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|Title:||Heat pipe application for energy efficient air-conditioning in an animal care facility||Authors:||Sekhar, S.C.
|Keywords:||Animal care facility
Hot humid climate
|Issue Date:||2007||Citation:||Sekhar, S.C.,Chong, K. (2007). Heat pipe application for energy efficient air-conditioning in an animal care facility. IAQVEC 2007 Proceedings - 6th International Conference on Indoor Air Quality, Ventilation and Energy Conservation in Buildings: Sustainable Built Environment 1 : 703-708. ScholarBank@NUS Repository.||Abstract:||The energy penalty associated with the conditioning of large quantities of outdoor air in hot and humid climates is well known. The problem is even more challenging when the application involved requires 100% outdoor air. This is the case in an animal care facility, which houses different species of animals that are used for laboratory experiments in the field of life sciences. In such cases, it is crucial that energy conserving HVAC systems be explored. Heat pipe technology offers considerable benefits in the form of excellent humidity control as well as improved overall system energy efficiency. Heat pipes (HP) are flexible and passive systems that are effective in terms of thermal control, primarily from the perspective of energy efficient dehumidifying performance of a cooling coil. A key feature of the HP is to transfer a large amount of energy over its length with a small temperature drop through liquid evaporation in the evaporator section of the HP (heat source), vapour condensation in the condenser (heat sink) and liquid movement in the opposite direction inside a wick by capillary force. This paper reports the findings of a study involving heat pipes integrated with a conventional cooling coil in an animal care facility in Singapore. The parameters investigated include the indoor thermal conditions (temperature and relative humidity) and the cooling coil consumed in providing these conditions.||Source Title:||IAQVEC 2007 Proceedings - 6th International Conference on Indoor Air Quality, Ventilation and Energy Conservation in Buildings: Sustainable Built Environment||URI:||http://scholarbank.nus.edu.sg/handle/10635/45943||ISBN:||9784861630705|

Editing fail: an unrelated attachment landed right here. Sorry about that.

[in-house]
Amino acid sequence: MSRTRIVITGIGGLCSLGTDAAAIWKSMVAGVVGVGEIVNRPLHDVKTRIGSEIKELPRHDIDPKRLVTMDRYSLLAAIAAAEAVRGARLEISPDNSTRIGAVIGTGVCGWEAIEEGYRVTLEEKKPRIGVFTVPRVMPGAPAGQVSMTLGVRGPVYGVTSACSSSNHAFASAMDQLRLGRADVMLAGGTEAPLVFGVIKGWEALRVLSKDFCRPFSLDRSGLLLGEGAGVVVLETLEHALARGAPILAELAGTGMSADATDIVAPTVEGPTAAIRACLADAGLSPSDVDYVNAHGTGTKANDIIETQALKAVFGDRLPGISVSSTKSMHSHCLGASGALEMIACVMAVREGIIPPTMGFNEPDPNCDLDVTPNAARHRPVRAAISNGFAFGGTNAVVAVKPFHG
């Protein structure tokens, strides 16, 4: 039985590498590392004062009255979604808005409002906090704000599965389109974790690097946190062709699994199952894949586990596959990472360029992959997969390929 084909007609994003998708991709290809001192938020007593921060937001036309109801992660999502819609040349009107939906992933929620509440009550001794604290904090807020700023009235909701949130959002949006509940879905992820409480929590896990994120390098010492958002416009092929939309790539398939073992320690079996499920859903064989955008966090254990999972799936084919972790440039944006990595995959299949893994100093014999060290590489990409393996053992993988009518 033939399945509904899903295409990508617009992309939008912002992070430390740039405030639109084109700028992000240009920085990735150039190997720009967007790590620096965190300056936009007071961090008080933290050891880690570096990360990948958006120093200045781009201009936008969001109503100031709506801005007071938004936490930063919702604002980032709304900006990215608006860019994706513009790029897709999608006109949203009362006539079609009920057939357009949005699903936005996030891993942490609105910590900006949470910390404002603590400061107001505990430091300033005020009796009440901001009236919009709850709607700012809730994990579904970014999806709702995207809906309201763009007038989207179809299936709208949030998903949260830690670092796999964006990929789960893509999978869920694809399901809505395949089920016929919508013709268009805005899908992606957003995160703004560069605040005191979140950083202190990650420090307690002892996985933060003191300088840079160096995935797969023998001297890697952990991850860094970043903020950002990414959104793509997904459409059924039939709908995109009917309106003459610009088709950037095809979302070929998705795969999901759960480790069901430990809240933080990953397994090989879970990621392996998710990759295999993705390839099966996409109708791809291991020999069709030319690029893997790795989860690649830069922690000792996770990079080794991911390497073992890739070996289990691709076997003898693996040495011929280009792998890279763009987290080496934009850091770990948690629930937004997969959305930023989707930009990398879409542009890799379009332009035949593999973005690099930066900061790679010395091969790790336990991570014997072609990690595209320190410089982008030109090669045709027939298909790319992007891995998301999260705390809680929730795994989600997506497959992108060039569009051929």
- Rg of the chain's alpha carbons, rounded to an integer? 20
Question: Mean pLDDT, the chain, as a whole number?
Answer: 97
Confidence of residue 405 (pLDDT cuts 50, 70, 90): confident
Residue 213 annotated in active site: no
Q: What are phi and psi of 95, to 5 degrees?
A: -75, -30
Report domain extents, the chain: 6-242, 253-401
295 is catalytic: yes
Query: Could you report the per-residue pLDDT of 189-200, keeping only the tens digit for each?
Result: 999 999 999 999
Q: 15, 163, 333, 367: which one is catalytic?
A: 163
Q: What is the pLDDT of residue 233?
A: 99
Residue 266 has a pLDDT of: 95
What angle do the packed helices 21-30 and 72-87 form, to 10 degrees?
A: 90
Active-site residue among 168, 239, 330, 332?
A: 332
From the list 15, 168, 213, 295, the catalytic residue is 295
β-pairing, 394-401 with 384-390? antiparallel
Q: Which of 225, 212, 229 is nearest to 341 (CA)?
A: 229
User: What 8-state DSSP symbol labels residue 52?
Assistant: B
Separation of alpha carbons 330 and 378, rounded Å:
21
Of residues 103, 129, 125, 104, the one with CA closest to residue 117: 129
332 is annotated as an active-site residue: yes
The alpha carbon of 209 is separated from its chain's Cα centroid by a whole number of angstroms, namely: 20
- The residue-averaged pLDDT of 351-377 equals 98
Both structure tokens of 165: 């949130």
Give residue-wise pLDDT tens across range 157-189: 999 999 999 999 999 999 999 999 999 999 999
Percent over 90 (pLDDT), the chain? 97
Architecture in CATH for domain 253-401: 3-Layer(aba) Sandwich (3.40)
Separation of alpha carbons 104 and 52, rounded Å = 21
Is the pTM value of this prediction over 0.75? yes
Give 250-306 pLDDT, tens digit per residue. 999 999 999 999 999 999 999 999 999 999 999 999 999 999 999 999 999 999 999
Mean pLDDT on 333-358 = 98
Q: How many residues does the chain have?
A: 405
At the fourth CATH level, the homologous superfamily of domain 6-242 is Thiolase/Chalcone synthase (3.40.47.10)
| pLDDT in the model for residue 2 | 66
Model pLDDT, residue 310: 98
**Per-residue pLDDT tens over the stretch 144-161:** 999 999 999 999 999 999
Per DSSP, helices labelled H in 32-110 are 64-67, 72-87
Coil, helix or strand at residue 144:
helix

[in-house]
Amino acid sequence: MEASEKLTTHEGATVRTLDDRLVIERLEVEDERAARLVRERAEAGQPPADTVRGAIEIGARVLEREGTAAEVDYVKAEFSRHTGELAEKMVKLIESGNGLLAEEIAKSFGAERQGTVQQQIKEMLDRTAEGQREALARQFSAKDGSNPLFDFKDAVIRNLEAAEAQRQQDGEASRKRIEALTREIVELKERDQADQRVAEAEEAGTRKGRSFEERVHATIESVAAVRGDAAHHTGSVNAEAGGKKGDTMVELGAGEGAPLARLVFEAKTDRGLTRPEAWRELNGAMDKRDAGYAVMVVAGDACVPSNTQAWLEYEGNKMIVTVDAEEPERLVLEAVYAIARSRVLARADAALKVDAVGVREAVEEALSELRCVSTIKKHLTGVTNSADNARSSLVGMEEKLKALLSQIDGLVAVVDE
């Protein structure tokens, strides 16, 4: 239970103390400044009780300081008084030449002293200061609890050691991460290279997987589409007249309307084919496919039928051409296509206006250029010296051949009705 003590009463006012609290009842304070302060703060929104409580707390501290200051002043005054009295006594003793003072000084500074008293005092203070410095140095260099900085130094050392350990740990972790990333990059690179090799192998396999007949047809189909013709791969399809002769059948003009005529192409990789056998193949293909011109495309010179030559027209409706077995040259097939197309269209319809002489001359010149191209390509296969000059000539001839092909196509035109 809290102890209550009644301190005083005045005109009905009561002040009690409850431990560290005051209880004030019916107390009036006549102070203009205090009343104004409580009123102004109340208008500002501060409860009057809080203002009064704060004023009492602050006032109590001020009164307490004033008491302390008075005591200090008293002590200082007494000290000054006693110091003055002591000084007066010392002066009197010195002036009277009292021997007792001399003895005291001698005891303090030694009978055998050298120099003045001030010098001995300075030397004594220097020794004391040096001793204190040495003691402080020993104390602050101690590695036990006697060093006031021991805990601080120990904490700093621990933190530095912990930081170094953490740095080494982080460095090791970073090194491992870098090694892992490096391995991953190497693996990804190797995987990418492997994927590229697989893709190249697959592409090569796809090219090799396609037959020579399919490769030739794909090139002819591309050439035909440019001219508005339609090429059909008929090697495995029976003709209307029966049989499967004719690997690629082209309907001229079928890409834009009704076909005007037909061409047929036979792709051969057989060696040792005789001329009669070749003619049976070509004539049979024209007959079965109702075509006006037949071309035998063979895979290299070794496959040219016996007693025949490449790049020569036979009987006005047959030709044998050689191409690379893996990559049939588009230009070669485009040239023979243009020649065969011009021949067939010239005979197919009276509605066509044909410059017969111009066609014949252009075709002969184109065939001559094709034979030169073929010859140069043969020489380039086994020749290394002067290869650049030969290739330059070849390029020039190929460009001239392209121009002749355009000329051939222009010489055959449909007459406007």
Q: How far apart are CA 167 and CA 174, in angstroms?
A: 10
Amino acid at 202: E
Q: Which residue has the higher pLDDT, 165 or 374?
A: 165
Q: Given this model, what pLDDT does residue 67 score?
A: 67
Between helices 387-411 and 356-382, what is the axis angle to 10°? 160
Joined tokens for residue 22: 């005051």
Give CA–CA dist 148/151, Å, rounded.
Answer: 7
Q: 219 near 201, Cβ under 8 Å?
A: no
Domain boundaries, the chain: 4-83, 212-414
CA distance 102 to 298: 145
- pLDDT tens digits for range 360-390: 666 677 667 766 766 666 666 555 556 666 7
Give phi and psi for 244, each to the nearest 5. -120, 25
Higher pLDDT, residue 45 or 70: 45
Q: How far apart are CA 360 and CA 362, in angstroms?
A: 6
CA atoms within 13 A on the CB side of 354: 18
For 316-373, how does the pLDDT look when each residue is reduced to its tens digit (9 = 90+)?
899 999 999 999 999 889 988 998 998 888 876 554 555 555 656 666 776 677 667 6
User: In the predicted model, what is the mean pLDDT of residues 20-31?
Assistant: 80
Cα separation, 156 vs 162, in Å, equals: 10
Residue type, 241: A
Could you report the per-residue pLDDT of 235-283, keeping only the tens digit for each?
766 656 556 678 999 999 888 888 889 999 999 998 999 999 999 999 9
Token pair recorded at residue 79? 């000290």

|Appears in Collections:||Staff Publications|
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